Effects and Costs of Breast Cancer screening in women with a familial or genetic predisposition
"Women with a BRCA1 or BRCA2 mutation, who have a considerable increased risk of developing breast cancer, now face the choice of intensive screening, prophylactic surgery or chemoprevention. The efficacy of the various medical options and the durability of its effects are of major concern to female BRCA1/2 mutation carriers, and will influence their choices. Although prophylactic mastectomy reduces the rate of breast cancer risk of 90 % or more, the intervention is irreversible, with potential harms that may be unacceptable for certain women. This thesis shows that intensive screening is an appropriate alternative to reduce the risk of breast cancer death for both BRCA1/2 mutation carriers and for women with a clear family history of breast cancer where a mutation has not (yet) been found. Intensive screenings expected to lead to significant breast cancer mortality reductions with no adverse effect on short-term generic health-related quality of life and general distress. Including magnetic resonance imaging in BRCA1/2 mutation carriers (50-85% cumulative lifetime risk for developing breast cancer) surveillance is cost-effective. For moderate-risk women (15-30% cumulative lifetime risk for developing breast cancer), intensive screening with only mammography, alternatively in combination with clinical breast examination, is most cost-effective."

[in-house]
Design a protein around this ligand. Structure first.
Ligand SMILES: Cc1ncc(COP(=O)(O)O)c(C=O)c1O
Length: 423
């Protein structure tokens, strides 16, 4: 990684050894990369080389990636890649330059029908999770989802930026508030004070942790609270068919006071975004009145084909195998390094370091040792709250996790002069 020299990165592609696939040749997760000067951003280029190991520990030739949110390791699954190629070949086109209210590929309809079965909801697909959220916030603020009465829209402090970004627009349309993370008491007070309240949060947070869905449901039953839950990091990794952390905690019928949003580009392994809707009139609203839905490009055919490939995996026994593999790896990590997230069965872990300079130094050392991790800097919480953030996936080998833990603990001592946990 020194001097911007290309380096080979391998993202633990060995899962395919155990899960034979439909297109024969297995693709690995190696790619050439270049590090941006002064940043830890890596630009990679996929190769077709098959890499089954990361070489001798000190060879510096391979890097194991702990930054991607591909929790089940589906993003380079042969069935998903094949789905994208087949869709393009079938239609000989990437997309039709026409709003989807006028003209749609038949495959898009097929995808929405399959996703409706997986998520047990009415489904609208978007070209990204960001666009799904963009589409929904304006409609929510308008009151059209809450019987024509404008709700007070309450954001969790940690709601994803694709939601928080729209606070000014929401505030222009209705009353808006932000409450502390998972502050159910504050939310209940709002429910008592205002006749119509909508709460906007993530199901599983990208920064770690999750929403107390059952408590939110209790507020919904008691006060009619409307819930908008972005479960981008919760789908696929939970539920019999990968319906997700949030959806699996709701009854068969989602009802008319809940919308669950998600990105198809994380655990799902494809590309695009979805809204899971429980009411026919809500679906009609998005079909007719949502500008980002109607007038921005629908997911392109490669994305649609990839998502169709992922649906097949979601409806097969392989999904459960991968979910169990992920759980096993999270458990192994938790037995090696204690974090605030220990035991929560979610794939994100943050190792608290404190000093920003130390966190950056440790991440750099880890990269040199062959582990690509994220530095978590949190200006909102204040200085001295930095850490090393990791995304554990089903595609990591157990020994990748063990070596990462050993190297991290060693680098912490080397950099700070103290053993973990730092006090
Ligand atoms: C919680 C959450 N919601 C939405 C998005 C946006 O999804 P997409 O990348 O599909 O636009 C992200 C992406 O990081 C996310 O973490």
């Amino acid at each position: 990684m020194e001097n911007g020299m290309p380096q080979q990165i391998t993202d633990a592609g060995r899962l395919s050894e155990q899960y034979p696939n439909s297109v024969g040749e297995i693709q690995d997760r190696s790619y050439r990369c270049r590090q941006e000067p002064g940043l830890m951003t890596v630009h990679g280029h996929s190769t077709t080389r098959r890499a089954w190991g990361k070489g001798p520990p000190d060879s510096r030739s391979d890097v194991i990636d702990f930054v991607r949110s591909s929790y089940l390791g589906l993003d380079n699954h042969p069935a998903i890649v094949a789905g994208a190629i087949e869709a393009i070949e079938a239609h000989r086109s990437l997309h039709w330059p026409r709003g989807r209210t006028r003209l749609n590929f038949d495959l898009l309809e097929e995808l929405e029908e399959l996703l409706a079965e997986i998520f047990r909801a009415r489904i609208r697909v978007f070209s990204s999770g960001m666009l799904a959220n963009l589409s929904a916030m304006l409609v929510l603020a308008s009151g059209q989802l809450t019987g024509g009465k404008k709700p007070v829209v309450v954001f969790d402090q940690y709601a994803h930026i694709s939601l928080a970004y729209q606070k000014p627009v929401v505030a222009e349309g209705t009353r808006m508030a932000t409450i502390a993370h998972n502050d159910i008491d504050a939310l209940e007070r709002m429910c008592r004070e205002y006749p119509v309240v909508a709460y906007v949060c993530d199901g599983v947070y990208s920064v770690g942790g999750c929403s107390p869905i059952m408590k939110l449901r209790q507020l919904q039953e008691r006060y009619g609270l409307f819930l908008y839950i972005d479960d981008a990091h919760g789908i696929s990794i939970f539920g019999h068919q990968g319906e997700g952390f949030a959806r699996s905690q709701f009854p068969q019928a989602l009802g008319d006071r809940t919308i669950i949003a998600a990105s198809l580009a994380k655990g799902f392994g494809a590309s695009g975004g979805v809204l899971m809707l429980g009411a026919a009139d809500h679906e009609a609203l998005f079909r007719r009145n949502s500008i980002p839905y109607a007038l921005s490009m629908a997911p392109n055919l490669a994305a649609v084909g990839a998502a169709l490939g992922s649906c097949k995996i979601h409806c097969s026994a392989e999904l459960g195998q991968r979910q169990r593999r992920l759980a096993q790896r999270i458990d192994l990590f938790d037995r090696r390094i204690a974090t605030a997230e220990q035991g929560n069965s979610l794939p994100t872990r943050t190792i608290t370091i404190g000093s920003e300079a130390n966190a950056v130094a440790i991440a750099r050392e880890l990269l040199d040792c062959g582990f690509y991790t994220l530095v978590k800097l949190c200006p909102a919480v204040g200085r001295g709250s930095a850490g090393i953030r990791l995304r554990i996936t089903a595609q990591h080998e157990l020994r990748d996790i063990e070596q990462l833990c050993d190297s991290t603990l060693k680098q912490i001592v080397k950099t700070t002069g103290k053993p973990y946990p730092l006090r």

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Rijnsburger, A.J.. (2005, December). Effects and Costs of Breast Cancer screening in women with a familial or genetic predisposition. Retrieved from http://hdl.handle.net/1765/7182